Growing weeds in your garden

by Michael Smith (Veshengro)

Yes, I do, and that on purpose and no, I am not mad.

Wild Spinach (Chenopodium album)_web I do grow a number of “weeds” in pots (no, I do not grow pot, I grow them in pots) and in my garden, where they are also grown in containers of sorts and planting bags so as to control their spread.

Explaining this to people, however, is the funniest experience you can ever have if you follow my example, and I am not the only one doing it. The confused looks that come over people's faces when you explain to them why and the fact that this or that plant that they exterminate on a regular basis in their gardens is actually edible and a valuable source of vitamins, minerals and trace elements.

I have the greatest of fun with the expression that people give me when they ask me as a professional gardener as to what I would suggest they'd do with the dandelions growing in their gardens or lawns and I tell them “eat them”.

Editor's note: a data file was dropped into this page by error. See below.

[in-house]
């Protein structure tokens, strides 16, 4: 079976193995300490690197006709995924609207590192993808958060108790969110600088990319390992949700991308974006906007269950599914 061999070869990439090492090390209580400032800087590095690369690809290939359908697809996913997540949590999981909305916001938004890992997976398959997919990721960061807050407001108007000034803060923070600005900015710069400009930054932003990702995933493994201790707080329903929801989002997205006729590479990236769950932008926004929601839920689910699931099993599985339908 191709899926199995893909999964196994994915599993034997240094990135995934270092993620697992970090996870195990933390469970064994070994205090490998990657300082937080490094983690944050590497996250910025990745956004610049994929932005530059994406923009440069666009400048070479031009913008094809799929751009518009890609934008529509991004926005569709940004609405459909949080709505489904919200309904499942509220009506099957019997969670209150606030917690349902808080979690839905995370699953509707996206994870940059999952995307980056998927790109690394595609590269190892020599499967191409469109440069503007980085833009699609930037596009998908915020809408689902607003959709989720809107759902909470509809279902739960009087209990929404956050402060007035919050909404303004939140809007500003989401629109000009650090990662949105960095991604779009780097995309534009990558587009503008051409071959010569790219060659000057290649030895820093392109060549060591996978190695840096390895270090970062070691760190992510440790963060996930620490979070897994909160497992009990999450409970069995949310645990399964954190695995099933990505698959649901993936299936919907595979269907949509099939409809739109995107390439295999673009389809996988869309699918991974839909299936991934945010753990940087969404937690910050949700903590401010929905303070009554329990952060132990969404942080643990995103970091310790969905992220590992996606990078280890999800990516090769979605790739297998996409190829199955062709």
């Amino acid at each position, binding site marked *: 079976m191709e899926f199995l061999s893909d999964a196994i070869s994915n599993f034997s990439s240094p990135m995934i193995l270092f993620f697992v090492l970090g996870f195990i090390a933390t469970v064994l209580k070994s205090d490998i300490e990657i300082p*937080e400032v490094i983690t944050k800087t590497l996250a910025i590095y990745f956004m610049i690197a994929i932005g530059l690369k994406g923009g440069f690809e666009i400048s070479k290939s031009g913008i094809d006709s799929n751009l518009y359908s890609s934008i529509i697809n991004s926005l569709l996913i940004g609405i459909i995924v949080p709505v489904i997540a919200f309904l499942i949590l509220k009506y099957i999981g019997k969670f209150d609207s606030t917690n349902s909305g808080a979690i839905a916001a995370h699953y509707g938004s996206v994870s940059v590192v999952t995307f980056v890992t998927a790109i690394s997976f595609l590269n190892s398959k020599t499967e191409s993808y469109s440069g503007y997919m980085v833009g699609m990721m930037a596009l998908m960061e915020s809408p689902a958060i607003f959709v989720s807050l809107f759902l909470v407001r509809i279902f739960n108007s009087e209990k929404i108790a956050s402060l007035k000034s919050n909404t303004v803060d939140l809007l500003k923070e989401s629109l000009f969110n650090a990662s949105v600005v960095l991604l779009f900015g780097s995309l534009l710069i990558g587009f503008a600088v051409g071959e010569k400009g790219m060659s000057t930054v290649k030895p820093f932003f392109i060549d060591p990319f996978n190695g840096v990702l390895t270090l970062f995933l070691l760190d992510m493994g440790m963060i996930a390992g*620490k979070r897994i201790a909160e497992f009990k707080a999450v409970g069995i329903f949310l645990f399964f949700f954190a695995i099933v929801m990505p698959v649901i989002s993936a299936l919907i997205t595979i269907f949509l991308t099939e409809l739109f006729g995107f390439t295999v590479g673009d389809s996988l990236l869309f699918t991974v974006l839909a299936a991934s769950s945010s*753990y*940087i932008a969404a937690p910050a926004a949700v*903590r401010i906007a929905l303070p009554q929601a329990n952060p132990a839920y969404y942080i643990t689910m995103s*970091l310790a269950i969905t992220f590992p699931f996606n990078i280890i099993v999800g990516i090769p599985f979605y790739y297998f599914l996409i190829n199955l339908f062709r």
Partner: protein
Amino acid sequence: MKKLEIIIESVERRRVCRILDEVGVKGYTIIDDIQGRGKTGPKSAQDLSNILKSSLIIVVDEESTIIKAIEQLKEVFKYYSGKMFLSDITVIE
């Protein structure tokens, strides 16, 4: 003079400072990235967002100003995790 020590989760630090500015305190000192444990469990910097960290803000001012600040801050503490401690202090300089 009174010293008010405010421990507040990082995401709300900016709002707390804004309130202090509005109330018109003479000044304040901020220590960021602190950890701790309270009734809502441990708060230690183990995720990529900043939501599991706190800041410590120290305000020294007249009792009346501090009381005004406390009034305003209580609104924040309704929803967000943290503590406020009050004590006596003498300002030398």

I grow “weeds” for food, such as Stinging Nettle (Urtica dioica), Sorrel (Rumex acetosa), Dandelion (Taraxacum officinale), and currently are looking to get some seeds for Common Purslane and some other “weeds” that are good eating.

In addition I grow others for medicinal uses such as Ribwort, aka Narrow Leaved Plantain (Plantago lanceolata), though the ordinary Plantain, aka Broad Leaves Plantain or Greater Plantain (Plantago major) can also be used for the same purpose, namely that of would dressing. Plantain leaves are also edible and can be made into herbal teas. This is not a relation to the “banana” plantain of the Caribbeans.

So next time someone looks at you strangely and ask why you grow weeds in pots, just smile and give them a taste of your “weeds” and enjoy the reactions.

Anyone who is interested in learning more about this subject I recommend they get the book “The Weeder's Digest” by Gail Harland. A 192 pages paperback costing £12.95 and published end of June 2012 by Green Books.

© 2012